In Chapter 13 bankruptcy, you keep your property and repay your debts (some in full, some in part) over a three to five year period. Chapter 13 is often a good option for people who have lots of equity in property they want to keep, like a home or expensive jewelry.
Exemptions still play a role in Chapter 13 bankruptcy, since the minimum amount you must repay most unsecured creditors depends on how much of your property is exempt. If most of your property is exempt, your minimum repayment amnount to unsecured creditors is less. If much of your property is nonexempt, your minimum payment goes up.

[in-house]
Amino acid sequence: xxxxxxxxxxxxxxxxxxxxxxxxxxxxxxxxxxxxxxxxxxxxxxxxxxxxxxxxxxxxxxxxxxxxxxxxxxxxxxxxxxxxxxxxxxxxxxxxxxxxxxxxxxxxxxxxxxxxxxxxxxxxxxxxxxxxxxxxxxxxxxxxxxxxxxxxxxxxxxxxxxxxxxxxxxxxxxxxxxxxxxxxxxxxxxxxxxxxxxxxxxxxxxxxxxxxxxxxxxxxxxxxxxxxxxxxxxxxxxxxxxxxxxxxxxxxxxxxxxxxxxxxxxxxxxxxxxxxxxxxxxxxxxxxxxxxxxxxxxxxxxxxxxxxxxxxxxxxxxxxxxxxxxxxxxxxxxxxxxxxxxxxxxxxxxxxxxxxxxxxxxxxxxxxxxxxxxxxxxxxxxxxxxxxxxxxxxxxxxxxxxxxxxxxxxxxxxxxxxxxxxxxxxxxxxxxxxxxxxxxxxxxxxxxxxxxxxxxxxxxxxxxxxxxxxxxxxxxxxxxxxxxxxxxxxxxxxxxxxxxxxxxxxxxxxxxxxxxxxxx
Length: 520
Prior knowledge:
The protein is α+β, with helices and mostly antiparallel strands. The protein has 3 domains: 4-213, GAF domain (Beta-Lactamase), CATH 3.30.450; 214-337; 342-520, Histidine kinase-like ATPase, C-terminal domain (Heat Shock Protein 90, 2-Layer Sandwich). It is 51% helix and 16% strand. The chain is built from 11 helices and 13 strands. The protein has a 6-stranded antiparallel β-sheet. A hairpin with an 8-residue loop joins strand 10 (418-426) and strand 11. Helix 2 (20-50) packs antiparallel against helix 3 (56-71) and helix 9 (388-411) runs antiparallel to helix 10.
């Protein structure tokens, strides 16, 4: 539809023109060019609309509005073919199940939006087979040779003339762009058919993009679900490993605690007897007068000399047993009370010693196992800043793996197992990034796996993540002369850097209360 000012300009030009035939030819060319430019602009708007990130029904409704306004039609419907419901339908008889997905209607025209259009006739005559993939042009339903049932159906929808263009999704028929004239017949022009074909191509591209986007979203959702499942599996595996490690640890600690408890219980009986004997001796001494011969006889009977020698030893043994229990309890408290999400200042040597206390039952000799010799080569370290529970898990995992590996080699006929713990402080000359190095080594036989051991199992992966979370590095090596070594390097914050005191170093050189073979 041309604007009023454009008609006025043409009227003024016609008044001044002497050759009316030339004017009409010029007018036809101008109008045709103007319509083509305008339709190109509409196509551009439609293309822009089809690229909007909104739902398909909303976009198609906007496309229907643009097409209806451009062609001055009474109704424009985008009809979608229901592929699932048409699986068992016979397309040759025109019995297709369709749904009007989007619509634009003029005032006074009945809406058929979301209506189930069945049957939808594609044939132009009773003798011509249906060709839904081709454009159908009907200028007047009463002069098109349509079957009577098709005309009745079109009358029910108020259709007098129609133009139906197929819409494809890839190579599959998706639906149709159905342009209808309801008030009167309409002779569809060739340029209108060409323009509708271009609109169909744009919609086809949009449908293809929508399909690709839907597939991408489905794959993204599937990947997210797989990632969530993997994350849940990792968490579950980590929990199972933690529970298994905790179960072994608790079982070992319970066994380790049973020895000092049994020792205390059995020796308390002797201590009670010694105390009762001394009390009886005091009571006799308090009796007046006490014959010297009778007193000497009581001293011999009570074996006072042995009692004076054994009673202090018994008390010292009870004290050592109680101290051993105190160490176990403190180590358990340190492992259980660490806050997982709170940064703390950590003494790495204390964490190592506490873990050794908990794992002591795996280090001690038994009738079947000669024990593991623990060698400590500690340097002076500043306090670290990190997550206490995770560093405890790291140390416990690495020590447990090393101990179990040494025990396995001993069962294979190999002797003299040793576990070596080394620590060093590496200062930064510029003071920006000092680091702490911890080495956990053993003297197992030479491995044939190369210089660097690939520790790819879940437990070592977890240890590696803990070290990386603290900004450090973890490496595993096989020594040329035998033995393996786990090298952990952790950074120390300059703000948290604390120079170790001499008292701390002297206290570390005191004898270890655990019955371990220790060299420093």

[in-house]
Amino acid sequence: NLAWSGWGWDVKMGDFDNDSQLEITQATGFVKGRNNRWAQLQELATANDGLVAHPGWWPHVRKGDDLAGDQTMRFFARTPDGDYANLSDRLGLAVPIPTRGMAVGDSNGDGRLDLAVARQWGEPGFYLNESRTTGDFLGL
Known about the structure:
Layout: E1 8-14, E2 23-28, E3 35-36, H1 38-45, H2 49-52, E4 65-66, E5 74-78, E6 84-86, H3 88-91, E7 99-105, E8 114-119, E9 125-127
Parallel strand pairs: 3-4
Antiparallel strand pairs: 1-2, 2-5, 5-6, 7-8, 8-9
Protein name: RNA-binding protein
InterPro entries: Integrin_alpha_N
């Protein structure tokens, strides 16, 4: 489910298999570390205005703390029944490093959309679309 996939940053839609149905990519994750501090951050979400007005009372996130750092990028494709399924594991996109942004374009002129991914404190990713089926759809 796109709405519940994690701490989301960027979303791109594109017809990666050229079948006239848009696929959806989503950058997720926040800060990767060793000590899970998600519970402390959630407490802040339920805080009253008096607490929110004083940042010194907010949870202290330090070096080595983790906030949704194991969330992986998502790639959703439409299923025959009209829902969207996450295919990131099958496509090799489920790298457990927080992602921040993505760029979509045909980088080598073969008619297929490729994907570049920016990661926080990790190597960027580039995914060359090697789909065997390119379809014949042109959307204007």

Chapter 13 also has some nice features that apply to certain types of secured property. For example, you may be able to reduce the amount of a secured loan to the value of the property (this is called a cramdown). And in some cases, you can remove second or third mortgages from your home.
Below you'll find overview articles on how property is treated in Chapter 13 bankruptcy, articles on what happens to specific types of property, and links to areas devoted to your car and home in Chapter 13.